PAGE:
Higgins says EU states must ensure developing world also benefits from vaccines

President has arrived in Rome for four-day visit to the Italian capital and the Vatican, where he will meet Pope Francis

President Michael D Higgins and his wife Sabina Higgins visiting  the Terme di Diocleziano, which was the largest public bathing complex in ancient Rome. Photograph:  Maxwells

President Michael D Higgins and his wife Sabina Higgins visiting the Terme di Diocleziano, which was the largest public bathing complex in ancient Rome. Photograph: Maxwells


Political Correspondent in Rome The European Union’s determination to roll out vaccine programmes in all member states must be matched by a commitment to ensure the developing world also benefits from Covid-19 vaccines, President Michael D Higgins has said.

The President arrived in Rome on Tuesday for a four-day visit to the Italian capital and to the Vatican, which will culminate with a meeting with Pope Francis on Friday.

It is the first time the President and his wife, Sabina Higgins, have travelled outside of Ireland since the pandemic first struck in Ireland in March 2020.

On Tuesday evening the President and Mrs Higgins met representatives of the Irish community at Villa Spada, the Irish Embassy to Italy and also to the Holy See.

In his address Mr Higgins highlighted the needs of the developing world in the face of the Covid-19 pandemic.

“I spoke of the success of the European Union and its member states in rolling out vaccination for its citizens. This is a source of encouragement to us all. But this success must also be accompanied by a genuine commitment to ensuring effective vaccination programmes in the developing world if our exit from the pandemic is to be a long-term one.”

He added: “Time is running out to save lives on the African continent.”

In a reference to his appointment with Pope Francis on Friday, he said he would also have the opportunity to discuss some of those challenges at the meeting. He added that Pope Francis’s “deep reflections on issues such as development and climate change have been such an inspiration to us all”.

The President also referred to the change of regime in Afghanistan which followed the withdrawal of US troops last month. Without referring to the Taliban by name, he said:“Unfolding events in Afghanistan surely give emphasis to the importance of basic human rights being protected and vindicated.”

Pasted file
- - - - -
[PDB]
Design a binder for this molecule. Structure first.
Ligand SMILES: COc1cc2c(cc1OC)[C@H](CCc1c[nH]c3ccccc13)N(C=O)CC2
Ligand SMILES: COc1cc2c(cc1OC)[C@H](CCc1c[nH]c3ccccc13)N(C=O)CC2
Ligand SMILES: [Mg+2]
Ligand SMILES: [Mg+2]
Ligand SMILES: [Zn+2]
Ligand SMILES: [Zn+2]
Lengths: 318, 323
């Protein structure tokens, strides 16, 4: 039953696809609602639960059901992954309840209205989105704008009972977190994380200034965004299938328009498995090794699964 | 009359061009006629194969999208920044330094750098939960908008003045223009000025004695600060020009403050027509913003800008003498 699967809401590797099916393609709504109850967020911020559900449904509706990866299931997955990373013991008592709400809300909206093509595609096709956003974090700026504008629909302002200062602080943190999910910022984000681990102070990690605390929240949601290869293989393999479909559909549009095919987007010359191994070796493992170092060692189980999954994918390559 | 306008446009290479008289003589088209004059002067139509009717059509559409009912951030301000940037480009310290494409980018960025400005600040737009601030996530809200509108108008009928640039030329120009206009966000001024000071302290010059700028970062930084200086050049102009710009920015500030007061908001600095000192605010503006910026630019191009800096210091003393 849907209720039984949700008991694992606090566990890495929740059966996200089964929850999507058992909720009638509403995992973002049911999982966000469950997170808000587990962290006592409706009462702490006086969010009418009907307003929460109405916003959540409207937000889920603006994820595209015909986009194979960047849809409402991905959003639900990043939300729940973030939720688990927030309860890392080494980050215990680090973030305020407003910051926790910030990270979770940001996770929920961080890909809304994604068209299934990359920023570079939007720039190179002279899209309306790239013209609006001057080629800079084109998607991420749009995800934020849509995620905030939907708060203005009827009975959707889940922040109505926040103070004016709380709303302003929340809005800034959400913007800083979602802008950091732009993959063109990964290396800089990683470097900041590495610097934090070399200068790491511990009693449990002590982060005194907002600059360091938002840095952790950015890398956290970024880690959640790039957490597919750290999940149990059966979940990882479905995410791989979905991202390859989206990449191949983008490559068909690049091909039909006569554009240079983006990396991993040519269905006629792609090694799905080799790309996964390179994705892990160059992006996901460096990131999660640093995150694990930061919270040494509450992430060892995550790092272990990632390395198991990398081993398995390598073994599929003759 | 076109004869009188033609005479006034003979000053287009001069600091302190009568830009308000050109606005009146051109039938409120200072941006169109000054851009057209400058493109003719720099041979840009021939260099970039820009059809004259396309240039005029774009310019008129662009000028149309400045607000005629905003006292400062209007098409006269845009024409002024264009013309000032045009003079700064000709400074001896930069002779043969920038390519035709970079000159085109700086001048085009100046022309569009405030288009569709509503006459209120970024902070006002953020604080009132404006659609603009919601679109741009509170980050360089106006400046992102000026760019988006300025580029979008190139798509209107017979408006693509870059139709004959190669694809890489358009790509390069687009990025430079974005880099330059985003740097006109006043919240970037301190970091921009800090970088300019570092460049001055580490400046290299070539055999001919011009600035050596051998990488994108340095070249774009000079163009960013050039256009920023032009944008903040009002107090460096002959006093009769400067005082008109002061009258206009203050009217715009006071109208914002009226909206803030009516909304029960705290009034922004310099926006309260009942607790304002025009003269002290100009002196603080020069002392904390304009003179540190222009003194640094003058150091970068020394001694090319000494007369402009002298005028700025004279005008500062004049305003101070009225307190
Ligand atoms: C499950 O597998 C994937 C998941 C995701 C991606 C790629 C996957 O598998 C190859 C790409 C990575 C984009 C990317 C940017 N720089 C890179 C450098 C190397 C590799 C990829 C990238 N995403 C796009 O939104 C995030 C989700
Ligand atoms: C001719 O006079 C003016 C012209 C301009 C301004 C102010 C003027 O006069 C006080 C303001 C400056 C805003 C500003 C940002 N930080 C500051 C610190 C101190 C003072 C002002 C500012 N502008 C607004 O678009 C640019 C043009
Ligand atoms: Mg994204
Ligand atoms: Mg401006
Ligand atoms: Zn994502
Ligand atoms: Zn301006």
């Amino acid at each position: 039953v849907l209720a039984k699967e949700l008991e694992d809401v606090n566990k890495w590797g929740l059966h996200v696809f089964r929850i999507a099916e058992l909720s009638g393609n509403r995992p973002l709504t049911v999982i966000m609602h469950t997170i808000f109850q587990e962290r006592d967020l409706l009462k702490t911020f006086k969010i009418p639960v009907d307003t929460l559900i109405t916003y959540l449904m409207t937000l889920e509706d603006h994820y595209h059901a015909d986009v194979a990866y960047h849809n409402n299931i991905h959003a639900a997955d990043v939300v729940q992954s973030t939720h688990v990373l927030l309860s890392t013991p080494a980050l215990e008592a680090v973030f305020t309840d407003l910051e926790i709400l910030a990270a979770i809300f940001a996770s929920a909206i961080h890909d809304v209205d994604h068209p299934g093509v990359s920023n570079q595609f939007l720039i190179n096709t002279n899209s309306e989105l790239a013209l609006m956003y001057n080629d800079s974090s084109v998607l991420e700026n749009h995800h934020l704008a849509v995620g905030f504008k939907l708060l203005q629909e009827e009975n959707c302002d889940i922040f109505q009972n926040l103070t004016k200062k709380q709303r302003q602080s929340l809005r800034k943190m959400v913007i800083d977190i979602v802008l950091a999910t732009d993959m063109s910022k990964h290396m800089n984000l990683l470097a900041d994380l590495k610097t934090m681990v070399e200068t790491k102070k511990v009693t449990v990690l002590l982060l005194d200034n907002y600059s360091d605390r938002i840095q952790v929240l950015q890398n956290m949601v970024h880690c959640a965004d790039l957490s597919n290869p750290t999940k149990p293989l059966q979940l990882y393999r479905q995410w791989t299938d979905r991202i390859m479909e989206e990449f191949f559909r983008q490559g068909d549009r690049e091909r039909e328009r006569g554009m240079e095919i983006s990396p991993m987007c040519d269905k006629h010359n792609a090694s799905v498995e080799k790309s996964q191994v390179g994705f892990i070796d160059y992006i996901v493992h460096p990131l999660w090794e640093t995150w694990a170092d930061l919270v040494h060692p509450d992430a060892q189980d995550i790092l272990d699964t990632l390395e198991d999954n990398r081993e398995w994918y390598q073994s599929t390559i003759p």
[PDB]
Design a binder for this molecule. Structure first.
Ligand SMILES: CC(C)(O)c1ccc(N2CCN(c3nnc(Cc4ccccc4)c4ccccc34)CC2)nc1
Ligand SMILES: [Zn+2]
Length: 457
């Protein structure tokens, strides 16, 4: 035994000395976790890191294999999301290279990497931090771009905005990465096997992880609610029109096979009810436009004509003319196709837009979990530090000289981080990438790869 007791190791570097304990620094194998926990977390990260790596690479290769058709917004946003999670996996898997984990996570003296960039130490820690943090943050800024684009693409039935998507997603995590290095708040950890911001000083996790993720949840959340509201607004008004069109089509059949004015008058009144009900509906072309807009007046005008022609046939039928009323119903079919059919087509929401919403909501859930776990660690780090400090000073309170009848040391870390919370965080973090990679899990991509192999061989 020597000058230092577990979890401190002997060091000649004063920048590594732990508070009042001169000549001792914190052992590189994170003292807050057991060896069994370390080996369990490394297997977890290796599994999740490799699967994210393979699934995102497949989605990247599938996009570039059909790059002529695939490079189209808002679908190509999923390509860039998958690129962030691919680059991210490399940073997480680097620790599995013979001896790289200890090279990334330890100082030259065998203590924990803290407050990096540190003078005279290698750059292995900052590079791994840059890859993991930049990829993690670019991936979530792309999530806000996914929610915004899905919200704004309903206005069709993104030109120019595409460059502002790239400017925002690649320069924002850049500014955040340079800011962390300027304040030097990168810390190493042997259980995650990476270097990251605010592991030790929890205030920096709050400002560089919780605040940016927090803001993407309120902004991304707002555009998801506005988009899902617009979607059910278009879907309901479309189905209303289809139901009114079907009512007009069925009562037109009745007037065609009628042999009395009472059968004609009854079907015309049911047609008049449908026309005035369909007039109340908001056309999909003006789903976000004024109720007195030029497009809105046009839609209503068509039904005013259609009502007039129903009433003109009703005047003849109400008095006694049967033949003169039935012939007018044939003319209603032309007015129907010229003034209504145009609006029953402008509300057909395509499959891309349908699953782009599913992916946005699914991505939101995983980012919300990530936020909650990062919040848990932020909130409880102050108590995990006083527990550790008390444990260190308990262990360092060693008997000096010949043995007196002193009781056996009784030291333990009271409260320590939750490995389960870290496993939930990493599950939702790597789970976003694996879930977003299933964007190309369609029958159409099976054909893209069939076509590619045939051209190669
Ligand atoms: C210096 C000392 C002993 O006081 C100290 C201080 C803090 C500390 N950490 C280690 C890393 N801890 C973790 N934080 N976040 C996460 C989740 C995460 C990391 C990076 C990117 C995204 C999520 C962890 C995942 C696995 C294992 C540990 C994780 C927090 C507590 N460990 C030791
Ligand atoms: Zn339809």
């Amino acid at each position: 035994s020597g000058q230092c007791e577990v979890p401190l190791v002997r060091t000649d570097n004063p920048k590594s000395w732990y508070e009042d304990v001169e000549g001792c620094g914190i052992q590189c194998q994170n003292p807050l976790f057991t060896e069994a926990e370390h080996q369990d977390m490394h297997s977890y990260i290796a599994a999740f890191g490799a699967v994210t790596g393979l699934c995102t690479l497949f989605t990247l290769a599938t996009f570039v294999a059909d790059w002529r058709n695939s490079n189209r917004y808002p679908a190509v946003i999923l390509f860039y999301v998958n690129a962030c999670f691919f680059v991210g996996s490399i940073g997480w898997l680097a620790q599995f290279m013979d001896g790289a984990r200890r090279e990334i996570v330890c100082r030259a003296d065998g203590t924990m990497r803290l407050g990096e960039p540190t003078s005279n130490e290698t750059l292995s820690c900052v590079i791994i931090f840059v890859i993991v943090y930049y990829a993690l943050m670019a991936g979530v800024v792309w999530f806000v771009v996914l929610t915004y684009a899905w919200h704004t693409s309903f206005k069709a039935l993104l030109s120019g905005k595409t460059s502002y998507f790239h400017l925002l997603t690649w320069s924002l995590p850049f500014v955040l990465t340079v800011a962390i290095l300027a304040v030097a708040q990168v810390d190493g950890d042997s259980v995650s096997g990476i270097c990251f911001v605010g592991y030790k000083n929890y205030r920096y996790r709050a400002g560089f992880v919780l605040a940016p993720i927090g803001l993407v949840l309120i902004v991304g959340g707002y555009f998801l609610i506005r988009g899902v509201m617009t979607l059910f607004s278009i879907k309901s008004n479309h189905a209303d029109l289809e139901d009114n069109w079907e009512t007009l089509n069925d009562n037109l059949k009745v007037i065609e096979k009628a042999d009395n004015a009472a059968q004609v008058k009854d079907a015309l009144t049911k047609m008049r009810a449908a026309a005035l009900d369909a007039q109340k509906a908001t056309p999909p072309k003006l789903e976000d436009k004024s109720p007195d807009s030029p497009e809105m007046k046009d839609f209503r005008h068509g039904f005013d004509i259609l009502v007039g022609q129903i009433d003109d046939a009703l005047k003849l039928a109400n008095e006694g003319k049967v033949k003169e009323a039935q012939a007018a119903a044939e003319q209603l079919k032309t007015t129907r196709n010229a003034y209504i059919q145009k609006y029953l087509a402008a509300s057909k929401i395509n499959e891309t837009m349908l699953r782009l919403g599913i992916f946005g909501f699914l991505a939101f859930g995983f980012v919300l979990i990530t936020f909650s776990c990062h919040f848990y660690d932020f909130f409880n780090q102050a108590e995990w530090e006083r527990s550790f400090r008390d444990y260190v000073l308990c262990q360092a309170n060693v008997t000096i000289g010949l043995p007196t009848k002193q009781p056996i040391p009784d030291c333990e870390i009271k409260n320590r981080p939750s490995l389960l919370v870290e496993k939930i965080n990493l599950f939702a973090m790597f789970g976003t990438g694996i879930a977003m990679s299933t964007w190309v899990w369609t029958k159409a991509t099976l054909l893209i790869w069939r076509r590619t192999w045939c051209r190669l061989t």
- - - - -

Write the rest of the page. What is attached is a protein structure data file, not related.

Turning to the audience, he said he was very aware that Irish people resident in Italy had experienced very difficult consequences of the pandemic, including prolonged separation from family in Ireland.

“This is our first visit abroad since the beginning of the coronavirus health emergency, and I am very conscious that it is to the country which suffered the most in the European Union from the pandemic, particularly in the early months last year when we all witnessed the tragic images of the coffins of the deceased being moved by army trucks in Bergamo.

“More recently we have seen the scenes of fires and flooding in other parts of the country, and our hearts have gone out to those affected.”

The President was invited to Italy by President Sergio Mattarella.

Tuesday’s event was cohosted by Ireland’s Ambassador to Italy, Colm Ó Floinn, and the Irish Ambassador to the Holy See, Derek Hannon.

On Wednesday the Arraiolos group of 13 European presidents, all of whom have a non-executive role in their member states, will meet to discuss issues of European and international significance.

Mr Higgins said critical issues included climate change, the changing nature of work, and the impact of largely unregulated technological change, which has adversely affected trust on the European street.

“Developing a vision of our European Union that is not confined to the market or economic forces is, as I have argued consistently over recent years in various public addresses, an essential task for contemporary leadership.”